Here’s a name you might remember: Keith Reaser.
Reaser, 27, is the cousin of Washington Redskins Pro Bowl safety Sean Taylor, who died from gunshot wounds after his home was invaded in November 2007.
Taylor served as an inspiration to Reaser, as he explained in a draft diary written for USA Today in 2014.
“When you’ve seen somebody in your family do it, you know it’s possible. I’ve got that blood running through me. You know you have it in you. Everybody’s looking for me to keep it going. My mom, my dad — I would say most important would probably be my uncle, Michael Outar, because he was the one person that believed in me since I was younger, since I was a kid.”
Reaser would need all the inspiration he could get. A standout at Florida Atlantic University — where he recorded 157 tackles, 19 passes defended and five interceptions in 32 starts for the Owls — he tore an ACL in his senior season and was unable to fully participate in the NFL combine the following spring.
Still, the San Francisco 49ers liked what they saw, and they drafted Reaser in the fifth round (170th overall) of the NFL Draft. He spent the 2014 season on the 49ers non-football injury list, and going into 2015, he was seen as a potential starter at cornerback after Chris Culliver and Perrish Cox left in free agency.
But while he appeared in 29 games for San Francisco, Reaser never cracked the starting roster and was released two weeks into the 2017 season.
Three days later, the Kansas City Chiefs added him to their practice squad.
Elevated to the active roster when Mitch Morse was placed on injured reserve on December 15, Reaser would be active for just two games: the season finale against the Denver Broncos — where he recorded four tackles, a pair of passes defensed and a sack — and the playoff game against the Tennessee Titans.
In that game, it was Reaser who recovered Adoree’ Jackson’s muffed punt in the third quarter, giving the Chiefs the ball at the Titans 28-yard line. After three plays that went nowhere, the Chiefs had to settle for a 48-yard field goal attempt that Harrison Butker missed.
If Butker had made the field goal, Reaser might have been one of the heroes of a playoff game the Chiefs lost by a single point. But his effort in the two games he played for the Chiefs didn’t go unnoticed by new general manager Brett Veach. Speaking to the media before the 2018 draft, Veach said that he was glad to have players like Reaser and another former 49er cornerback — Will Redmond — on the roster.
“Look, we still have guys like Keith Reaser and Will Redmond that people won’t really talk about, but Redmond was a [third-round] pick by the 49ers coming off an injury and Keith Reaser was a guy we liked — I think he too [was] also coming off an injury out of Florida Atlantic a few years back, so a lot of people won’t talk about those guys. But when you start stacking those type of players in regard to what’s out there in the draft class, you feel good about them.”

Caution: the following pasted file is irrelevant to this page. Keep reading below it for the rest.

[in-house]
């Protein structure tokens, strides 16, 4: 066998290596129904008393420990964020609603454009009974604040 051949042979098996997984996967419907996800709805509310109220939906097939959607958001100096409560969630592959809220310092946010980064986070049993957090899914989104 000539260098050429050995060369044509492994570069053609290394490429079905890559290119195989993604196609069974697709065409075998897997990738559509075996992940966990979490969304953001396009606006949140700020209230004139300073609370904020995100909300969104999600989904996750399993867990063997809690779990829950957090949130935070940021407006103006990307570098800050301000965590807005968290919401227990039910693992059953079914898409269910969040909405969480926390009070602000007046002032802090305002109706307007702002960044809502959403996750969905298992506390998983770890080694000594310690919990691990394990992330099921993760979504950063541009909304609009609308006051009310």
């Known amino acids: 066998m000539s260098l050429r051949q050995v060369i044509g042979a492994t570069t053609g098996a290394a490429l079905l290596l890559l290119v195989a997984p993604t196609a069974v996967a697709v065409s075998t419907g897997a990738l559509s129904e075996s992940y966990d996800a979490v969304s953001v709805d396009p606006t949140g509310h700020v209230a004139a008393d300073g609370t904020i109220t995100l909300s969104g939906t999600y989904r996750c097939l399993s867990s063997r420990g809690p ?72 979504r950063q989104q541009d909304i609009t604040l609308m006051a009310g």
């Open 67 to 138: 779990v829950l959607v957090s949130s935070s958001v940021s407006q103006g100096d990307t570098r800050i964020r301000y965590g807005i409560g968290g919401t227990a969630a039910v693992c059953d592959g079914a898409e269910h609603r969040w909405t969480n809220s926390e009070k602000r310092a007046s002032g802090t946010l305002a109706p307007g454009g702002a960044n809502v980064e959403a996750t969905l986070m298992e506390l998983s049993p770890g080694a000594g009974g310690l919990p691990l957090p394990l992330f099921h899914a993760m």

Unfortunately for Reaser, another injury would keep him from making the Chiefs in 2018. After Reaser suffered a quad injury in late July, the Chiefs waived him with an injury designation on September 2. He cleared waivers and was placed back on the Chiefs practice squad but was ultimately released with an injury settlement on September 12.
And that might have been the end of his pro football story — except for the Alliance of American Football.
Signed by the Orlando Apollos, Reaser has been tearing it up in the AAF. Graded by PFF as the league’s top cornerback after his Week 1 performance in a 40-6 victory over the Atlanta Legends, Reaser also turned heads this past Sunday in a 37-29 victory against the San Antonio Stallions.
That’s the kind of play that can get the attention of the head coach — even if he isn’t really sure who you are.
“It was a heck of a play,” said Apollos head coach Steve Spurrier after the game. “We only got him a couple weeks ago. I didn’t know his name completely.”
And it wasn’t the only big play Reaser turned in against the Stallions.
Woodside fails to lead the receiver, allowing Keith Reaser to make another good play against the ball in the air pic.twitter.com/HzXhIObFts— Arif Hasan (@ArifHasanNFL) February 17, 2019
According to PFF, Reaser has allowed just five receptions for 20 yards on 13 targets through the first two games of the AAF season.
According to a FanPost contributed by Arrowhead Pride user JakeMilham, Reaser is just one of 19 former Chiefs players who are currently playing in the AAF — a list that includes Akeem Hunt, Frankie Hammond, Jr., Da’Vante Bausby, Aaron Murray and Jonathan Massaquoi.
To be clear, many AAF players are NFL has-beens — guys who have already had their NFL chance. But others are like Reaser, who simply never found themselves in the right situation or happened to be injured when that situation presented itself.
Given the struggles the Chiefs faced in the secondary during 2018, it’s not a stretch to imagine that Reaser might have found his way onto the field if he hadn’t been injured in training camp.
Speaking to the press last week, Reaser said that he and his fellow AAF players see this as their opportunity to get back to the NFL. They don’t take it lightly.
“It means a lot,” he said. “That’s everybody’s goal. Without this, a lot of us would probably be just sitting around waiting for a workout or an opportunity. This kind of gives you a shot to get some film and let people still evaluate you.”
Considering all that’s happened, we can be pretty sure that Veach is still paying attention.